The Earthbound Cook arrived at my doorstep last week while I was in a cooking-slump. For the past few months, I have been uninspired to cook and have tried to jumpstart my enthusiasm by shopping at our local Farmer’s Market on the weekends. Sadly, it made me more frustrated. This is the time of the year that squash, pumpkins, tomoatoes and fall crops are ready to be enjoyed and savored. The vendors burst with enthusiasm as they share ways to prepare carrots, kale, parsnips and beets. Instead of embracing our local fall vegetables, i have been opting for prepared meals that I could just serve.
Yesterday morning, I began skimming through The Earthbound Cook and something in me snapped. I frantically began to write down the ingredients of two recipes: Amazing Turkey Chili & Pumpkins Stuffed with Quinoa, Butternut, and Cranberries. As someone who is gluten free, I seek out quinoa recipes.
I wanted to cook! Not only did I want to cook, I WANTED to entertain!
Hoping that my enthusiasm would not disappear, I called up a close friend and invited the family over for dinner. I then cleaned up the kitchen, pulled out the spices from counter and made a list of vegetables, ingredients and meat that would be needed. Then I hit the Farmer’s Market – with a mission.
I am woman – hear me roar!
With three hours and all the ingredients on my counter, I began to cut, slice, dice and simmer. I had the oven and stove-top hopping. And yes, I even had music in the background and a glass of wine in my hand. I somehow got my cooking mojo back! …. and my guests couldn’t stop complementing me on an amazing meal!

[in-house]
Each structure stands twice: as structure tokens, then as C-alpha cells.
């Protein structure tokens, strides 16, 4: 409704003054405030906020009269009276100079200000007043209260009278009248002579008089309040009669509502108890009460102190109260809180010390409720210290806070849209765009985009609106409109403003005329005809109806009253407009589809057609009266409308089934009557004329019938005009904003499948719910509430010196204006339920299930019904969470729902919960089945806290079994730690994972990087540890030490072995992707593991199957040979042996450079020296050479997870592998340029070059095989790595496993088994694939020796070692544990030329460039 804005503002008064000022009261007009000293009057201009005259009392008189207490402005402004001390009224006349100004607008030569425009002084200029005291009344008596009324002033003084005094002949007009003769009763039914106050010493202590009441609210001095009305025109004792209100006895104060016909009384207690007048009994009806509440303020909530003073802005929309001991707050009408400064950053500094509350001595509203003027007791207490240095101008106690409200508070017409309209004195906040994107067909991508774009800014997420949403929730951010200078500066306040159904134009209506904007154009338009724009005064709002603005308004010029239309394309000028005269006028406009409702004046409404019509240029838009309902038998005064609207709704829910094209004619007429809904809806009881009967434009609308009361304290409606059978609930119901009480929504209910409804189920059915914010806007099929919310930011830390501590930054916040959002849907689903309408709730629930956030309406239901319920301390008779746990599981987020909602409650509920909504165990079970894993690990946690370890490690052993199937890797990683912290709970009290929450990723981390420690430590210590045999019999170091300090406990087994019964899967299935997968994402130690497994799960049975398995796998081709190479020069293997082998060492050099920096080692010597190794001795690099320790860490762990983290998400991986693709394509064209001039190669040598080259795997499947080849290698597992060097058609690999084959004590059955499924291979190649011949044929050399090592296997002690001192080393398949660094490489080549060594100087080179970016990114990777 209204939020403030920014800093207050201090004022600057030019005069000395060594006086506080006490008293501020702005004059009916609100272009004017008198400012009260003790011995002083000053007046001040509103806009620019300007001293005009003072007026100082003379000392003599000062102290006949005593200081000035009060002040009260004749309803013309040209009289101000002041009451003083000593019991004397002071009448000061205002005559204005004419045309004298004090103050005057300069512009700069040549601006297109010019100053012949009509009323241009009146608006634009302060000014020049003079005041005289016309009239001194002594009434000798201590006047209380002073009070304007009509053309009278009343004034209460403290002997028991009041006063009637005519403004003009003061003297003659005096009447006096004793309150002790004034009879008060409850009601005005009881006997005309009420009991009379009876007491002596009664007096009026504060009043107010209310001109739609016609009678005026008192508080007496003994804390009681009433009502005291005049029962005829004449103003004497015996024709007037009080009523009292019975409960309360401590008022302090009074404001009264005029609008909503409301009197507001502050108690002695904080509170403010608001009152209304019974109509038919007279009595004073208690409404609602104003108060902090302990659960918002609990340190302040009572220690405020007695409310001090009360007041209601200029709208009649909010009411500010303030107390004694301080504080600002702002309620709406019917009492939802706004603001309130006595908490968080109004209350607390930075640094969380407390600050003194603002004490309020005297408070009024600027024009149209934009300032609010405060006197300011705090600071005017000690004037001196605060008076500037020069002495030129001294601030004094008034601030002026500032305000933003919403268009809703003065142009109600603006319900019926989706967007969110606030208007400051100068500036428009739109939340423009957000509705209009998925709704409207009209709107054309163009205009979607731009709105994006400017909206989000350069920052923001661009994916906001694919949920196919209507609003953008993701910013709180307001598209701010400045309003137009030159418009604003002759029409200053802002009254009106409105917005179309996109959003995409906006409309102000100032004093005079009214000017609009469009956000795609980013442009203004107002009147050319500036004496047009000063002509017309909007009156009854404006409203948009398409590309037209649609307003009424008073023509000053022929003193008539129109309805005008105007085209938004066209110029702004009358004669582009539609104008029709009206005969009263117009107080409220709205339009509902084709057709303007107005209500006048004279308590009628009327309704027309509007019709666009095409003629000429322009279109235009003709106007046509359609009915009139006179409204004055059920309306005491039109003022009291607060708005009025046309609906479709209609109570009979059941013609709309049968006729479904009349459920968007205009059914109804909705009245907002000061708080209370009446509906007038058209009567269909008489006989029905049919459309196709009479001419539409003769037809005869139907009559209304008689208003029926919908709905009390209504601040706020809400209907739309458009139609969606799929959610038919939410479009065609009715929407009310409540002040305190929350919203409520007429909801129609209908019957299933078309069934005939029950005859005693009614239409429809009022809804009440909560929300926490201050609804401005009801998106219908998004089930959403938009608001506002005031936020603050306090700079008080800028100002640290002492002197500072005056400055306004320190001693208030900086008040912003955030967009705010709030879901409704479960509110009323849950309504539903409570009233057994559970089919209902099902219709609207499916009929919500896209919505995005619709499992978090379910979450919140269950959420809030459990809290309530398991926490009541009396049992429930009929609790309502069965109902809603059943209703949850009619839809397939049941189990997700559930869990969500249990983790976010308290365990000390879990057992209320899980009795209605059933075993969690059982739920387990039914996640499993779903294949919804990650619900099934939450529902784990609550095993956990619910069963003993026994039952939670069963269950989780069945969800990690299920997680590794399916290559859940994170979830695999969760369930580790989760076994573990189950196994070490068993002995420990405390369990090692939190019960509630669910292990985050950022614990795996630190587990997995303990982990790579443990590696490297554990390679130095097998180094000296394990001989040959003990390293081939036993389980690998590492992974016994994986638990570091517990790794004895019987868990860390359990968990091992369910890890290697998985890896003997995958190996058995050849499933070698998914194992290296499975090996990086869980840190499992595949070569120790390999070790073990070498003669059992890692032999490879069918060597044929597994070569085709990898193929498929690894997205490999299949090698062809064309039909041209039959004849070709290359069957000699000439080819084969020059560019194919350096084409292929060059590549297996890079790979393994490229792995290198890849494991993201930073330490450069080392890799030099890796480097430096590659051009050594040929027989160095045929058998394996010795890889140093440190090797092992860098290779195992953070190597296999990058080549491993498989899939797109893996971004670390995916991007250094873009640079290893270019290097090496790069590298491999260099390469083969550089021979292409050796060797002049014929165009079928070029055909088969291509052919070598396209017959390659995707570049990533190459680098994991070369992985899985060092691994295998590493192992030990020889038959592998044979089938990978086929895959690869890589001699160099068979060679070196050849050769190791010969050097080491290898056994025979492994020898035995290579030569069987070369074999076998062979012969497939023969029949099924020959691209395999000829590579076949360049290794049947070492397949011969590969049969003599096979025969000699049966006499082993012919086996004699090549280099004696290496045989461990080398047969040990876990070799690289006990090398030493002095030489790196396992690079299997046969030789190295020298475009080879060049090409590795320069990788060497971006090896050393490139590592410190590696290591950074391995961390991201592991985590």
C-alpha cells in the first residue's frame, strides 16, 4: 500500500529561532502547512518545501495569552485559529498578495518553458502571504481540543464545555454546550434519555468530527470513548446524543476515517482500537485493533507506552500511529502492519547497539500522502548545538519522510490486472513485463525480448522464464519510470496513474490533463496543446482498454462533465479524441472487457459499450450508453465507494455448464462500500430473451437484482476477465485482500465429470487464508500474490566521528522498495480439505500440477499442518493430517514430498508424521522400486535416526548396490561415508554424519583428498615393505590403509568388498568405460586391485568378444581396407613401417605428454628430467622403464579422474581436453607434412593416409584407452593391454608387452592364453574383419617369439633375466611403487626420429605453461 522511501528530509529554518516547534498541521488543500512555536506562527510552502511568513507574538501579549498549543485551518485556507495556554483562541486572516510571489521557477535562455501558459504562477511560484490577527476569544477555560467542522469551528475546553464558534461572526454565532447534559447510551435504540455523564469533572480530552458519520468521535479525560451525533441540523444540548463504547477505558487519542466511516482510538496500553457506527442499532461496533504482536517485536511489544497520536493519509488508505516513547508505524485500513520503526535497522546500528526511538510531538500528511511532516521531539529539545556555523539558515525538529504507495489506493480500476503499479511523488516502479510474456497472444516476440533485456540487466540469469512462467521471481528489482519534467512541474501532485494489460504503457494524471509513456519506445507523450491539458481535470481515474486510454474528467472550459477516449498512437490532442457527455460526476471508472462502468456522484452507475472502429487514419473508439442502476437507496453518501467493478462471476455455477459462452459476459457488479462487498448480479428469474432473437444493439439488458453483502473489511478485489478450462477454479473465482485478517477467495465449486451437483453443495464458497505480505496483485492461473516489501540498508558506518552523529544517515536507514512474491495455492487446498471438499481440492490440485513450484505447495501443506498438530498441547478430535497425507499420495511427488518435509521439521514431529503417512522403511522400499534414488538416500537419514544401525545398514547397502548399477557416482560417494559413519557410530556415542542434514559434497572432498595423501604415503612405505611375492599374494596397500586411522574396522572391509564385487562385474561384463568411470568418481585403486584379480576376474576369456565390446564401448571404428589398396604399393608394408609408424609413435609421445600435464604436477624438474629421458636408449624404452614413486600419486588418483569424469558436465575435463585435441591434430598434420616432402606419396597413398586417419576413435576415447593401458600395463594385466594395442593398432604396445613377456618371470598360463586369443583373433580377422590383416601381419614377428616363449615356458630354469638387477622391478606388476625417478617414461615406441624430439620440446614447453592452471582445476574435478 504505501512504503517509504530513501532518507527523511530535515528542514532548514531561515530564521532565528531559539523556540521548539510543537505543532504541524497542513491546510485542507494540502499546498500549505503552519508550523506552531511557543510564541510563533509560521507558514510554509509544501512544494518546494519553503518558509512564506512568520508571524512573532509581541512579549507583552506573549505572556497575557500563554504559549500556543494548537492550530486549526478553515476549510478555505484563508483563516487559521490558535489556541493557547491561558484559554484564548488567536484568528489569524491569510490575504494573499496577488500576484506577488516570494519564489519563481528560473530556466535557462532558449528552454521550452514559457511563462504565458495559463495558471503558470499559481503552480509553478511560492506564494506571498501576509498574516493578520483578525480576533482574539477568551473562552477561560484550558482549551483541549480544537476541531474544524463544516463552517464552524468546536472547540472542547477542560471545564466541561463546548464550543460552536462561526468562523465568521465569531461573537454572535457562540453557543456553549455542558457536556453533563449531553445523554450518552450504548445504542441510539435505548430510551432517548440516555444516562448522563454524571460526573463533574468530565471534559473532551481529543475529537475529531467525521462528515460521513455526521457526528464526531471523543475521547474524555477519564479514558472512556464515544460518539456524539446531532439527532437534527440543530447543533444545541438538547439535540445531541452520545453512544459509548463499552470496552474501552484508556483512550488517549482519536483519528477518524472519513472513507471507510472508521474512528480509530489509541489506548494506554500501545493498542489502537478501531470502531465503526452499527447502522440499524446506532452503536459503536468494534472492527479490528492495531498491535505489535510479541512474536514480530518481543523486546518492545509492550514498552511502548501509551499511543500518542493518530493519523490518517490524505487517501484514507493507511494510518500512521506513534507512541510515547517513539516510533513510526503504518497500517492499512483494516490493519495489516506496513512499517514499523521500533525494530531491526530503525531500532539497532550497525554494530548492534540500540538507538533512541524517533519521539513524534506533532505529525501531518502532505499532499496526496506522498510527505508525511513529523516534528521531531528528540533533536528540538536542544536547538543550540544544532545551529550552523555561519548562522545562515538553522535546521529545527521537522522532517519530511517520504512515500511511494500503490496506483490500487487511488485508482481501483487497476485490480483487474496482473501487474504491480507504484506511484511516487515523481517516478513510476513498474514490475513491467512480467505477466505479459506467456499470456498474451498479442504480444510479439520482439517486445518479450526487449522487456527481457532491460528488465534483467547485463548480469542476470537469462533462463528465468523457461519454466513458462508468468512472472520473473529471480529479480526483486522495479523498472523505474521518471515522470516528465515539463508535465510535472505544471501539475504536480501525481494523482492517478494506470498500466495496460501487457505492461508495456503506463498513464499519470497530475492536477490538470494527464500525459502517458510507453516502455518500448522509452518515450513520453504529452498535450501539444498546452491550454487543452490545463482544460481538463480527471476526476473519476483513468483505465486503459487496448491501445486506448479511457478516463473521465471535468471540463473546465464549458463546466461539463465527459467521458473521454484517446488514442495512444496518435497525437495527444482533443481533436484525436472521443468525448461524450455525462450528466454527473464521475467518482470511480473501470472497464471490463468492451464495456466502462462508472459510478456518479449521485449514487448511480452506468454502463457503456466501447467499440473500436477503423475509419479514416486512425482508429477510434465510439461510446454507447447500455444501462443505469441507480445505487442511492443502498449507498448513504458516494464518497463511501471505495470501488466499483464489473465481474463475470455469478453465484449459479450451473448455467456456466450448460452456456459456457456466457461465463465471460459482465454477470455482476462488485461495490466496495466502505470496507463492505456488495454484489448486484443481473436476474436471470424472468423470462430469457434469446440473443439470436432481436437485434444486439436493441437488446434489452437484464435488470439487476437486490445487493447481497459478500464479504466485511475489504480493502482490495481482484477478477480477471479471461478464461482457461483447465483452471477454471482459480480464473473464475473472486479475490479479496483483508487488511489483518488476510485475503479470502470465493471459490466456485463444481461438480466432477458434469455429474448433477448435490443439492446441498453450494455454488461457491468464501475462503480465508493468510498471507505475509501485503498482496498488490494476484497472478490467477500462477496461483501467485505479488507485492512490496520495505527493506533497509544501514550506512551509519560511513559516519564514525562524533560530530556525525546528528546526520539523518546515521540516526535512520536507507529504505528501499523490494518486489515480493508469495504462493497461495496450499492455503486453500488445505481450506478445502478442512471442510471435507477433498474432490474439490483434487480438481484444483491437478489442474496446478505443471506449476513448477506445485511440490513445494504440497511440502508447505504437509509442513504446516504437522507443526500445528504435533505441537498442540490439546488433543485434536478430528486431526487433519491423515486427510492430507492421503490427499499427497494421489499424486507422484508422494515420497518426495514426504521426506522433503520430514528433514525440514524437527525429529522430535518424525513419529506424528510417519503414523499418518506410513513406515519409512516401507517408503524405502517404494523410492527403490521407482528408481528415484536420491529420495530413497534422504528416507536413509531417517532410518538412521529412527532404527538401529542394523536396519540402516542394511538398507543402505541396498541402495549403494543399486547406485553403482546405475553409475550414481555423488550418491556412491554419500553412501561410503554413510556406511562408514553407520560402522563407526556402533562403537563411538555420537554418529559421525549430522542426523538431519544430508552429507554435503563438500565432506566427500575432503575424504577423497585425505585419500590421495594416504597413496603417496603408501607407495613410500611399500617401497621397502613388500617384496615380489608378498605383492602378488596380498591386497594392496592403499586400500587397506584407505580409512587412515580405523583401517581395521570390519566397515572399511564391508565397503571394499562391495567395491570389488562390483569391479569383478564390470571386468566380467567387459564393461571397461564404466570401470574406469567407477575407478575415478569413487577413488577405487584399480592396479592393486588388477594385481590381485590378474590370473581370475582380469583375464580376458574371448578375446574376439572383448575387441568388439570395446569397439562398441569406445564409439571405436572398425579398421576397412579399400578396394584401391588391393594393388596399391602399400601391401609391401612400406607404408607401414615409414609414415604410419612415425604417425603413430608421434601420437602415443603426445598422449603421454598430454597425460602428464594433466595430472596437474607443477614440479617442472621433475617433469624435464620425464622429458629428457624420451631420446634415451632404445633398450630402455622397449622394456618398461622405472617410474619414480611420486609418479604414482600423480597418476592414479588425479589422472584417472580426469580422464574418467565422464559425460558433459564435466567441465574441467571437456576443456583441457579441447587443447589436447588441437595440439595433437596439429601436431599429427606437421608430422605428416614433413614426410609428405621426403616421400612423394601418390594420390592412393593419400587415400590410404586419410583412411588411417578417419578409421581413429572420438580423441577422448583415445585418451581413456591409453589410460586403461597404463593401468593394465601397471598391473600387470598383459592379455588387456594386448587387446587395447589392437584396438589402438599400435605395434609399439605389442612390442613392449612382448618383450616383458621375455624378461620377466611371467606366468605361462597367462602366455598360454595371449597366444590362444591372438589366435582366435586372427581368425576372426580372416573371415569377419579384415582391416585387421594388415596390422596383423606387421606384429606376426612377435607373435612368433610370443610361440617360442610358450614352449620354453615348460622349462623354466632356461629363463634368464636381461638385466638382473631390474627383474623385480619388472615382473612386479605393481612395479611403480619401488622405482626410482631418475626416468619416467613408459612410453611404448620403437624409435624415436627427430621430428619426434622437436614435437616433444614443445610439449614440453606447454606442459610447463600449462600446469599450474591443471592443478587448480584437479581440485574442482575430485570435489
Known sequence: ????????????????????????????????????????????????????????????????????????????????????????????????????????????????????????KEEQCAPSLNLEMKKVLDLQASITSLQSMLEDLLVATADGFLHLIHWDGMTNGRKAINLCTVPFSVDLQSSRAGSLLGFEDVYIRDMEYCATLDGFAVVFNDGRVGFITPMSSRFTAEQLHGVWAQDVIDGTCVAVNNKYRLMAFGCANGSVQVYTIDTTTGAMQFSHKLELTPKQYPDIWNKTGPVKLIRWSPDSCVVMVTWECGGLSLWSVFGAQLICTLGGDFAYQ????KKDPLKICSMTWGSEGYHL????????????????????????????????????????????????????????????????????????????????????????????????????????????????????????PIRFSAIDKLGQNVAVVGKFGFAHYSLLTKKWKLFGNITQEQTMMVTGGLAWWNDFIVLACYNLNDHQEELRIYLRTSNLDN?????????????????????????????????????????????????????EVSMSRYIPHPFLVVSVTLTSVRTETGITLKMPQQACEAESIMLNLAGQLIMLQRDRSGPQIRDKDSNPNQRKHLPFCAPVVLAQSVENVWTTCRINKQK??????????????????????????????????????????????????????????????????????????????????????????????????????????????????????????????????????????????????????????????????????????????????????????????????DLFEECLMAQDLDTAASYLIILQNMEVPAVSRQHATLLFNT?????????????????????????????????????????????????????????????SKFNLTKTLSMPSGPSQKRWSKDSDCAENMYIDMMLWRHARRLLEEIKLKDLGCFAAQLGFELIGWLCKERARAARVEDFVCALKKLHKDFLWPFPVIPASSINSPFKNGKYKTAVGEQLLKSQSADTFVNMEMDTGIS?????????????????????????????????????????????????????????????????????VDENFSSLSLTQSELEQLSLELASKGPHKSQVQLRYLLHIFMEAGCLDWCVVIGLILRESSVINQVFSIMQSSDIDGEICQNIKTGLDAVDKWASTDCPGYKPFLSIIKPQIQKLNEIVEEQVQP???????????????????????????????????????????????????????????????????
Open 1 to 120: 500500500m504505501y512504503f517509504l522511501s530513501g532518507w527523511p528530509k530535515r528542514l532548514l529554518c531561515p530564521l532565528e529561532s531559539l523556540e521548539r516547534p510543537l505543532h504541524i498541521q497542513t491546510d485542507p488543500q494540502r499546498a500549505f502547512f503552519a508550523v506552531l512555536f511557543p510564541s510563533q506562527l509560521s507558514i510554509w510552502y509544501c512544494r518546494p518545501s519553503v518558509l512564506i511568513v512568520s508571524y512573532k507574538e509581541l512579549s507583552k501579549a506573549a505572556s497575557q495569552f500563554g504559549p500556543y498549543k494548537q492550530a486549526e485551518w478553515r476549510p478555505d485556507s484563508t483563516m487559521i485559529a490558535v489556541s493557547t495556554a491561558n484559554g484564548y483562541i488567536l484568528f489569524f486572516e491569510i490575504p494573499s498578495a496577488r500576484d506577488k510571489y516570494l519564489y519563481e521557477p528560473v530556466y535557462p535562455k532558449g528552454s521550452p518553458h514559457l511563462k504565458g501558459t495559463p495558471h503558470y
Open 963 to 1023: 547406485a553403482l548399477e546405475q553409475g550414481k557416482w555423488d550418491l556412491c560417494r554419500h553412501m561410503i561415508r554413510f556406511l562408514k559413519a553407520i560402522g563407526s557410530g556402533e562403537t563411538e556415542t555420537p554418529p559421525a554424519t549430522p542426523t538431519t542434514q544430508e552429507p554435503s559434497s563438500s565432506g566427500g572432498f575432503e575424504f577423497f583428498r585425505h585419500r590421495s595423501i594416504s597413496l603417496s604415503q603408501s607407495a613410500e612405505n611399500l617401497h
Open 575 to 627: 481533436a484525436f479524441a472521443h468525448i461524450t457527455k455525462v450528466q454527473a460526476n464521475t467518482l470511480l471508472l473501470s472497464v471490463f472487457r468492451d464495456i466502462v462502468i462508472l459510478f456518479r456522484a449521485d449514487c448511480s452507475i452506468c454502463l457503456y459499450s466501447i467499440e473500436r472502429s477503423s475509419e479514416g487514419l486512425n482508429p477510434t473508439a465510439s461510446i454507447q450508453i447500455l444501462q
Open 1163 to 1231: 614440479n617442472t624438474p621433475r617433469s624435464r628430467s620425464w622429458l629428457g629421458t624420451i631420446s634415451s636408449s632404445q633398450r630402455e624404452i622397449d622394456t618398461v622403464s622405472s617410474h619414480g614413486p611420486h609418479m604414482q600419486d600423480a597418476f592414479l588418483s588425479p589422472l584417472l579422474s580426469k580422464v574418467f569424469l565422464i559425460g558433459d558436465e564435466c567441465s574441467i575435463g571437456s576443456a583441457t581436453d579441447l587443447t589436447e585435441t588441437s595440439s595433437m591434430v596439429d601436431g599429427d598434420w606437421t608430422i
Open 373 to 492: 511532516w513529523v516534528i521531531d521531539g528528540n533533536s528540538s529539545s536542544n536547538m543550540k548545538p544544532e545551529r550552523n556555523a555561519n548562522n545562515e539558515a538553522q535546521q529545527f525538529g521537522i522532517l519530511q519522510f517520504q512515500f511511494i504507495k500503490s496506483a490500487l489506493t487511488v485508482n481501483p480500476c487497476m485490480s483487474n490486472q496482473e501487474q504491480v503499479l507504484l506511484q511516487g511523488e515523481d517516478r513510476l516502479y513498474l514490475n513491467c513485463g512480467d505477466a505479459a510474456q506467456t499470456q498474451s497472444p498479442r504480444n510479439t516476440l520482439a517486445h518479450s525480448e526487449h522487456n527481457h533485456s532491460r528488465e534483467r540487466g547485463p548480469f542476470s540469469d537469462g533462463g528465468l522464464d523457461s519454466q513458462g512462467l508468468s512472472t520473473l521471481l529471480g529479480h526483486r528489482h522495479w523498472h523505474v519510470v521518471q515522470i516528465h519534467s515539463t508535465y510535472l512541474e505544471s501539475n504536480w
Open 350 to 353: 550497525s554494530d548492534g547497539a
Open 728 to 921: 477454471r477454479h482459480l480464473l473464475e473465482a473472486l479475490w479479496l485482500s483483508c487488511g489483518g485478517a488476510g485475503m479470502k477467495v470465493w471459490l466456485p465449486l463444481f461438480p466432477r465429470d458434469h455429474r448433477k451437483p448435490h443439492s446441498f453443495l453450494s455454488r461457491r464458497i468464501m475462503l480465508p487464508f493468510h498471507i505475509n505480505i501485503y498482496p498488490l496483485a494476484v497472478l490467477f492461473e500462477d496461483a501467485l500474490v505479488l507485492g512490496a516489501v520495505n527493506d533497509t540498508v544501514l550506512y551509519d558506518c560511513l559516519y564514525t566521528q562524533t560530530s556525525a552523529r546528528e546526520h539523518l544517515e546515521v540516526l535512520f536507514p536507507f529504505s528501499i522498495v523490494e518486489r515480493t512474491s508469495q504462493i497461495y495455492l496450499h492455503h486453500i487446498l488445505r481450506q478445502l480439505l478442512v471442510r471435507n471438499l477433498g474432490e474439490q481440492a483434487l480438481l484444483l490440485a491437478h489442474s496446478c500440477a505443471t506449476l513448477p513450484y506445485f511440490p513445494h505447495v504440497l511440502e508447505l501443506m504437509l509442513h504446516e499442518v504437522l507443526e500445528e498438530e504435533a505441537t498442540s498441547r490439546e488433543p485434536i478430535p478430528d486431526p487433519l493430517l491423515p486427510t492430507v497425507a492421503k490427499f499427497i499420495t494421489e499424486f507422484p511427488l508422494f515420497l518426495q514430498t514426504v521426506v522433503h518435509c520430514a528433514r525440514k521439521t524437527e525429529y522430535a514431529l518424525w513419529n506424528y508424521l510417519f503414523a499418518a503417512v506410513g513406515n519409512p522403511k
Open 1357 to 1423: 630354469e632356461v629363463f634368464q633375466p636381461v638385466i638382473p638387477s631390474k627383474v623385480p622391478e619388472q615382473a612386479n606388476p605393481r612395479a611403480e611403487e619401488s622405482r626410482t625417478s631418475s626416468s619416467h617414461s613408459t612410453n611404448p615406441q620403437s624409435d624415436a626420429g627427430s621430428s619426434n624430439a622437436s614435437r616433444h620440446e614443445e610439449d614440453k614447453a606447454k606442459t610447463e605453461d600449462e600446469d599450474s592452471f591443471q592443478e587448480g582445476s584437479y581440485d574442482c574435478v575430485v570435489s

Thanks to The Earthbound Cook, I think we will be adding Pumpkins Stuffed with Quinoa, Butternut, and Cranberries to our Thanksgiving meal!
- 3 tablespoons olive oil
- About 1 cup diced yellow onion (1/4-inch diced)
- 2 teaspoons ground cumin
- 1 cup quinoa
- 2 cups vegetable stock
- 1/2 cup dried unsweetened cranberries
- 4 small edible pumpkins
- 1 1/2 cups butternut squash (1/4 inch dice)
- 1/4 cup pumpkin seeds
- 1/2 teaspoon ground cinnamon
- 1 teaspoon fresh lemon juice
- Salt and freshly ground black pepper
1. Place 2 tablespoons of the olive oil in a heavy-bottomed saucepan or Dutch oven, and heat over medium heat. When it is hot, add the onion and ground cumin and cook, stirring frequently, until the onion is soft and golden brown, about 10 minutes.
2. Add the quinoa to the saucepan and stir to coat the grains. Add the stock and raise the heat to high. When the liquid comes to a boil, reduce the heat to low, add the cranberries, and cover the pan. Cook at a slow simmer until the liquid has been absorbed, 15 to 25 minutes.
3. Meanwhile, cut the top off each pumpkin, reserving the tops, if desired, for decorative effect. Scoop out and discard the seeds and fibers. Place the pumpkins on a rimmed baking sheet and set it aside.
4. Place the remaining 1 tablespoon oil in a large skillet, preferably non stick, and heat it over medium-high heat. When it is hot, add the cubed betternut squash and cook without stirring until the squash is browned on the bottom, 2 minutes. Toss to turn the pieces and cook, stirring frequently, until the squash is just tender, about 2 minutes more. Set aside.